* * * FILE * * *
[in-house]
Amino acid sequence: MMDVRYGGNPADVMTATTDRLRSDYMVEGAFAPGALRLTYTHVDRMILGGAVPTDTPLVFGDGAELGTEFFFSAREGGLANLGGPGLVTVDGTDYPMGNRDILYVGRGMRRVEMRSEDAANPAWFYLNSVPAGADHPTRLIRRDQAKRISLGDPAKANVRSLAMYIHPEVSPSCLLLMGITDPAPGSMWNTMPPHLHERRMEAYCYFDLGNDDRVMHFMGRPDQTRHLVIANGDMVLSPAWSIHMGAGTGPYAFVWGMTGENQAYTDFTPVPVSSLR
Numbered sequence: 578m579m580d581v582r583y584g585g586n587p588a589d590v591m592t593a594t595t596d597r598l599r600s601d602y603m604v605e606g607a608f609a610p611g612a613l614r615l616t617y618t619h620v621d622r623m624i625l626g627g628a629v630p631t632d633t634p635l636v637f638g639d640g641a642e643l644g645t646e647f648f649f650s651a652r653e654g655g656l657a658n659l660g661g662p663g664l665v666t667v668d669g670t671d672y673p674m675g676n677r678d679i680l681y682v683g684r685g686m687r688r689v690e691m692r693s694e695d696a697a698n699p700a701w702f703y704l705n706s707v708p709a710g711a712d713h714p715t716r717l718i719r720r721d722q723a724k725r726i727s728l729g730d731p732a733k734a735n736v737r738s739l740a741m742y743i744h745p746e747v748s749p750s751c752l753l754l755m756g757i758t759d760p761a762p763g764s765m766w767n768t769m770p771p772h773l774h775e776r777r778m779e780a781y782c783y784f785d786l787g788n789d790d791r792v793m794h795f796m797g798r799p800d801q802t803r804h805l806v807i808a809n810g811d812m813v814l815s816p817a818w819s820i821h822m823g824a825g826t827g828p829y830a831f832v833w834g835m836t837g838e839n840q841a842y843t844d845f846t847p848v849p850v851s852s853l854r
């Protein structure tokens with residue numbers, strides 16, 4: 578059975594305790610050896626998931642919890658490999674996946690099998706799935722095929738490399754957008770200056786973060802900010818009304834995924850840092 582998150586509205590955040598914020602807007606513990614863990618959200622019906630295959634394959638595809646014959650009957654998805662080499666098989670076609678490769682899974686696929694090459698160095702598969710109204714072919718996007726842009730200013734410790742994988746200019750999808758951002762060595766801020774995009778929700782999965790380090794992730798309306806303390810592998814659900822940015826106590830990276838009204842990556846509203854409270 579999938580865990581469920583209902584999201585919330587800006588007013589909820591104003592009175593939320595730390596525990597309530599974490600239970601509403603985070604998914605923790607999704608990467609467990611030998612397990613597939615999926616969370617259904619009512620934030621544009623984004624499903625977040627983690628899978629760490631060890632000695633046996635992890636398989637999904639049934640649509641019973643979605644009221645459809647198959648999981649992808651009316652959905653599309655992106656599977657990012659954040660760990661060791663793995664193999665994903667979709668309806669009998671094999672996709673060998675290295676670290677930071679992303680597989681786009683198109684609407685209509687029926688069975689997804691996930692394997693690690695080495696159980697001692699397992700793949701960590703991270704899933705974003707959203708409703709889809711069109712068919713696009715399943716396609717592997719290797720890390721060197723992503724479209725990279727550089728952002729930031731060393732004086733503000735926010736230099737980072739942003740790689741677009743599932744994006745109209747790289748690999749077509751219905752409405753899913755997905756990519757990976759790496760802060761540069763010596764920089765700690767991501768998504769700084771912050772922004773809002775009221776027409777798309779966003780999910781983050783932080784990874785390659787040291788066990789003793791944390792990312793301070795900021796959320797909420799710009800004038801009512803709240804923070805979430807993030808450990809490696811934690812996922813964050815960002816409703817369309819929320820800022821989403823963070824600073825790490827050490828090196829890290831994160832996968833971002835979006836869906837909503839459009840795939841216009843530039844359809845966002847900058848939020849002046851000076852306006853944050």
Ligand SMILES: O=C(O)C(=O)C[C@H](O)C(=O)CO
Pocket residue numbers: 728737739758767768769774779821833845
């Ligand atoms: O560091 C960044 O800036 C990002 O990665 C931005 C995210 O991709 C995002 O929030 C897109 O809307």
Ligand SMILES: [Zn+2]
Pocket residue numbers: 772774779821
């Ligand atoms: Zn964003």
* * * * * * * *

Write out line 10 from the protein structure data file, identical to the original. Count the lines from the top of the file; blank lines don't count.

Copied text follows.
């Ligand atoms: Zn964003």